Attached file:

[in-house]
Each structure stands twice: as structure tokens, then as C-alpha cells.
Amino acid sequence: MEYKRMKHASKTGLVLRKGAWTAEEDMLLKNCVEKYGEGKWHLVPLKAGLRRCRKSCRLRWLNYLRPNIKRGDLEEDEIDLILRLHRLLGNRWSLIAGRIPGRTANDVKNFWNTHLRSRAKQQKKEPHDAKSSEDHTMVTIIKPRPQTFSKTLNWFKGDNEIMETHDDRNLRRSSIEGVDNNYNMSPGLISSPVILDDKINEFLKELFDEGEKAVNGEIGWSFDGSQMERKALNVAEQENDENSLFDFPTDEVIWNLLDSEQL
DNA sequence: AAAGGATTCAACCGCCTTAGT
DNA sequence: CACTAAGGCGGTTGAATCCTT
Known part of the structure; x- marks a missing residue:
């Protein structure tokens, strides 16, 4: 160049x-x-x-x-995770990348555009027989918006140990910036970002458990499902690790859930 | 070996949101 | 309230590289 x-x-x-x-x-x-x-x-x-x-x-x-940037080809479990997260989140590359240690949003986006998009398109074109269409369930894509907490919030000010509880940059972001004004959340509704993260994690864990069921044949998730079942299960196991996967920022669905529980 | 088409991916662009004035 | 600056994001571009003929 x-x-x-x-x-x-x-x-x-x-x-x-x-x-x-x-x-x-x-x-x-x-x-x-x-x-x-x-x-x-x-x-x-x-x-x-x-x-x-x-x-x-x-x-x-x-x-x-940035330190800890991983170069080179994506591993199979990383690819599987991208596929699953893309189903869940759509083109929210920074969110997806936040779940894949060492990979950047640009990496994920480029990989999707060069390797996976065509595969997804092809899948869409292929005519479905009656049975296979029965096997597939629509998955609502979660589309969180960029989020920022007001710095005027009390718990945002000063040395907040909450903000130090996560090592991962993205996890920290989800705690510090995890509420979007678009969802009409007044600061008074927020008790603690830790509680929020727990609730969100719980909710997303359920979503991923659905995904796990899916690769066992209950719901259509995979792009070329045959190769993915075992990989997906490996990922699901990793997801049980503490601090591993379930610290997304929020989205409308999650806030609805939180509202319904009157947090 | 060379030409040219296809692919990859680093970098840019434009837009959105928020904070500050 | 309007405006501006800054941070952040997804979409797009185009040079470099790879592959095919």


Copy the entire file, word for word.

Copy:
[in-house]
Each structure stands twice: as structure tokens, then as C-alpha cells.
Amino acid sequence: MEYKRMKHASKTGLVLRKGAWTAEEDMLLKNCVEKYGEGKWHLVPLKAGLRRCRKSCRLRWLNYLRPNIKRGDLEEDEIDLILRLHRLLGNRWSLIAGRIPGRTANDVKNFWNTHLRSRAKQQKKEPHDAKSSEDHTMVTIIKPRPQTFSKTLNWFKGDNEIMETHDDRNLRRSSIEGVDNNYNMSPGLISSPVILDDKINEFLKELFDEGEKAVNGEIGWSFDGSQMERKALNVAEQENDENSLFDFPTDEVIWNLLDSEQL
DNA sequence: AAAGGATTCAACCGCCTTAGT
DNA sequence: CACTAAGGCGGTTGAATCCTT
Known part of the structure; x- marks a missing residue:
């Protein structure tokens, strides 16, 4: 160049x-x-x-x-995770990348555009027989918006140990910036970002458990499902690790859930 | 070996949101 | 309230590289 x-x-x-x-x-x-x-x-x-x-x-x-940037080809479990997260989140590359240690949003986006998009398109074109269409369930894509907490919030000010509880940059972001004004959340509704993260994690864990069921044949998730079942299960196991996967920022669905529980 | 088409991916662009004035 | 600056994001571009003929 x-x-x-x-x-x-x-x-x-x-x-x-x-x-x-x-x-x-x-x-x-x-x-x-x-x-x-x-x-x-x-x-x-x-x-x-x-x-x-x-x-x-x-x-x-x-x-x-940035330190800890991983170069080179994506591993199979990383690819599987991208596929699953893309189903869940759509083109929210920074969110997806936040779940894949060492990979950047640009990496994920480029990989999707060069390797996976065509595969997804092809899948869409292929005519479905009656049975296979029965096997597939629509998955609502979660589309969180960029989020920022007001710095005027009390718990945002000063040395907040909450903000130090996560090592991962993205996890920290989800705690510090995890509420979007678009969802009409007044600061008074927020008790603690830790509680929020727990609730969100719980909710997303359920979503991923659905995904796990899916690769066992209950719901259509995979792009070329045959190769993915075992990989997906490996990922699901990793997801049980503490601090591993379930610290997304929020989205409308999650806030609805939180509202319904009157947090 | 060379030409040219296809692919990859680093970098840019434009837009959105928020904070500050 | 309007405006501006800054941070952040997804979409797009185009040079470099790879592959095919």